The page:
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Time to Transition, but Not Forget

Most people view Memorial Day as the beginning of summer but it is important not to forget the real reason for the holiday – a day of remembrance for those who gave their lives fighting for our country while serving in the Armed Forces.  We must never forget those individuals who gave the ultimate sacrifice fighting for our freedoms.  The gratitude we provide as a nation not only extends to those individuals but also to their families.  Be sure to take time to honor and remember those who have died while serving.  Because of where it falls in the year, the last Monday in May, it does mark the unofficial beginning of summer including the transition to much warmer weather, welcomed by most in our part of the country.  This year investors are hoping it also brings a transition in the markets since this has been a challenging year thus far, with last week giving us some glimmers of hope. 

The stock market finally broke its eight-week losing streak, tallying the strongest one-week performance in 18 months.  Stocks began to rally on Wednesday with the release of the minutes from the most recent Federal Reserve meeting which showed the Fed has stated they are willing to take whatever steps are necessary to fight inflation. This was interpreted to mean they will continue to aggressively raise interest rates and came as welcome news to the markets which have been mired by the prospects of continued elevated levels of inflation, exacerbated over the last few months by higher energy prices.  The markets showed strength throughout the remainder of the week, including on Friday after the release of the Fed’s preferred measure of inflation, the Personal Consumption Expenditures (PCE), showed inflation remaining elevated but less than the previous month.  This could indicate we are now past “peak” inflation and inflation will slow in coming months, but it will take a few months to determine if this is in fact a trend, or a temporary variation in data. With energy prices stabilizing and housing beginning to show signs of softening, we think inflation will slow over the next few months but will continue to remain above historical averages.  Expect to see further increases in consumer prices, especially since many supply chain issues continue to persist and will take time to fully resolve.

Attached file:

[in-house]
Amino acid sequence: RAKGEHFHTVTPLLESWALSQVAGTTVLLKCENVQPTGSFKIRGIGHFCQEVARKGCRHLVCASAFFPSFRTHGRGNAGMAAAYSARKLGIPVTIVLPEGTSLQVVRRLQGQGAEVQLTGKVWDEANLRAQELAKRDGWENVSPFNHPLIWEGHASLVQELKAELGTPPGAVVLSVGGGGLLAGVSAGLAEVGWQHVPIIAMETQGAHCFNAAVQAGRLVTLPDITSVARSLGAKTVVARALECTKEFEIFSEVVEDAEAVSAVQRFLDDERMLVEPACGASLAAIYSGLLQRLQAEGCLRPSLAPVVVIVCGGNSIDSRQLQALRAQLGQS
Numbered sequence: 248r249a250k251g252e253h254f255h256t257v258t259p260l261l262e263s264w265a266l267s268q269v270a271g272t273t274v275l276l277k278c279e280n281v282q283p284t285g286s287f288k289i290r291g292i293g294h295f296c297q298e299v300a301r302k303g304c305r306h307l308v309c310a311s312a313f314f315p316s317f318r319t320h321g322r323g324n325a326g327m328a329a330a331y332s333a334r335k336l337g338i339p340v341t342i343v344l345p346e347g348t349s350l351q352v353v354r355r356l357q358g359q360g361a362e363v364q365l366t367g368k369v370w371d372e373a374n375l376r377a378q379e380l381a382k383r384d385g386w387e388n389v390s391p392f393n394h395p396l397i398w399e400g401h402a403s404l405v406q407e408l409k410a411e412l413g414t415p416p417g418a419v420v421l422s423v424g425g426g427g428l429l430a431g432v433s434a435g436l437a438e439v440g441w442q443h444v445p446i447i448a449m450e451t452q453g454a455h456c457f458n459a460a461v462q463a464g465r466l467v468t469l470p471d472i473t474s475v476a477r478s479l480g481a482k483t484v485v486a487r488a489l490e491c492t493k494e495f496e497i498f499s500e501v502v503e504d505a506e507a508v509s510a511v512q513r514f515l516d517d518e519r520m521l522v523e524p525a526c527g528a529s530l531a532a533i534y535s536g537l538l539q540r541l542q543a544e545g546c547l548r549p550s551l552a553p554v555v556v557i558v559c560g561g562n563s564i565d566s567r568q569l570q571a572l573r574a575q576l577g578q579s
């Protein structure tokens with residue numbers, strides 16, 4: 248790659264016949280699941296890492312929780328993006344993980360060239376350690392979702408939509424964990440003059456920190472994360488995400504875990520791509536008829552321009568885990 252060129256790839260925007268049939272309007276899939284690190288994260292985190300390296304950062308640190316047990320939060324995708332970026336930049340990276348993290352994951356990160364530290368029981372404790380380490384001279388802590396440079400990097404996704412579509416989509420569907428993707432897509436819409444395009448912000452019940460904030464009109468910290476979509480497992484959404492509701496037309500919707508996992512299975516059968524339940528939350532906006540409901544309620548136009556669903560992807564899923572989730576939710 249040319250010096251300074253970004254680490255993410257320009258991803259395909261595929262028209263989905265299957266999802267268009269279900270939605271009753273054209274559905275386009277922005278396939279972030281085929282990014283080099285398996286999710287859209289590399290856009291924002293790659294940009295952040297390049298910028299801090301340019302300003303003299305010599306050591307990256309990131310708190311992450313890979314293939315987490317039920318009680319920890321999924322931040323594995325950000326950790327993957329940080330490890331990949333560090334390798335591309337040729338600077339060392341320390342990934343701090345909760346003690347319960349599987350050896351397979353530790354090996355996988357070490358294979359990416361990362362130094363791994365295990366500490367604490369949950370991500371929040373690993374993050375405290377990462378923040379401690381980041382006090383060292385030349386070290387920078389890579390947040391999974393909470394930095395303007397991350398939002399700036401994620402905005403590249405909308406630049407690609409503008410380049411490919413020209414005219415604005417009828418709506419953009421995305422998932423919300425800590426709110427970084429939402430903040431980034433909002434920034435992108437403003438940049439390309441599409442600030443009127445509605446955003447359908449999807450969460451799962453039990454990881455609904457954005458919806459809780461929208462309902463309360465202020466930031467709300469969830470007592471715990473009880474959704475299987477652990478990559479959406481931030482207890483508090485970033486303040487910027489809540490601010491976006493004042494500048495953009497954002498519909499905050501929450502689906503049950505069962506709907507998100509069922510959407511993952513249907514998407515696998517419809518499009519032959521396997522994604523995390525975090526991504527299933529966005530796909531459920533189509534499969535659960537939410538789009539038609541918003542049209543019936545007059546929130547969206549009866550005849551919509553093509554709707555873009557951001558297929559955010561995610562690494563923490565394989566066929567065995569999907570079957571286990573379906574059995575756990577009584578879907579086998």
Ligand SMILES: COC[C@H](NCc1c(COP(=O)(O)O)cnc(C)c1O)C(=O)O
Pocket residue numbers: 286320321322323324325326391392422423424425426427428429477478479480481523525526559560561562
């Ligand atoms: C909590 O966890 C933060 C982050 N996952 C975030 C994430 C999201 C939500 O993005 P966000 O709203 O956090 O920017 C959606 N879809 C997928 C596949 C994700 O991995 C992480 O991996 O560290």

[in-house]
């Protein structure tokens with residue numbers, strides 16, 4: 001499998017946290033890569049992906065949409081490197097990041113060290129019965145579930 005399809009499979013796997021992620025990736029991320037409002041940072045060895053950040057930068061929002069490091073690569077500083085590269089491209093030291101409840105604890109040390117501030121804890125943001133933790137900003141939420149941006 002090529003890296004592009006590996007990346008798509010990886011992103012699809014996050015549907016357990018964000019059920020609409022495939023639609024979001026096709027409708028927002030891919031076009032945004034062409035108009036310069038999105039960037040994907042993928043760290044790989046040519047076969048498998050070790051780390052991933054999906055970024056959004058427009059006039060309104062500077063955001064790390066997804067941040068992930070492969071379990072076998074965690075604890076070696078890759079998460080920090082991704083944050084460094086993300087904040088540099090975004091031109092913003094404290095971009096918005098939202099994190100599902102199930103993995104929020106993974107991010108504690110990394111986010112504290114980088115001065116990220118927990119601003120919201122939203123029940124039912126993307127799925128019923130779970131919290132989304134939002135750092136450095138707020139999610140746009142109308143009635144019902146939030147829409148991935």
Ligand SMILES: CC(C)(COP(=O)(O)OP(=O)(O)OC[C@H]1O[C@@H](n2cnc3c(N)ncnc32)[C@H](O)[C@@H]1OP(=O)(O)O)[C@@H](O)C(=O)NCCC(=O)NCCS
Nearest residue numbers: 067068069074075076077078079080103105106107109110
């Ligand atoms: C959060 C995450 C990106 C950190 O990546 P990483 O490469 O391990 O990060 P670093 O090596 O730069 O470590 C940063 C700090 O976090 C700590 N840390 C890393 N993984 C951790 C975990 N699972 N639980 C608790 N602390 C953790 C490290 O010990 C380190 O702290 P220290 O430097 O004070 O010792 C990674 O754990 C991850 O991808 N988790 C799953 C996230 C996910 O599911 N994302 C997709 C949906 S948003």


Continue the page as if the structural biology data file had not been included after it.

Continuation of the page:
Sell in May?

The old adage of “Sell in May and Go Away” may not be wise to follow this year. Because the markets have suffered some of their steepest losses in history during the first five months of the year, the path of least resistance could be to the upside.  While technically never closing in bear market territory, the S&P 500 remains well off all-time highs.  During elongated periods of down markets there are often rallies where the markets perform strongly over a short time, but eventually continue to head lower.  The performance of the S&P 500 last week could be the beginning of a full-blown rebound or it might be a short-term market bounce.  With the expectation the Fed will continue to raise interest rates, we are not convinced we have seen the market bottom and some headwinds remain for the market, however, we do not see signals of a more drawn-out downturn since many of the market fundamentals remain solid.  Certain sectors of the economy are showing some cracks, such as housing, but employment remains strong, corporate earnings continue to grow, albeit at a slower pace than the previous two years, and stock valuations are now much more in-line with historical averages.  Any moves lower in the market, while still very much possible, are likely to be relatively muted.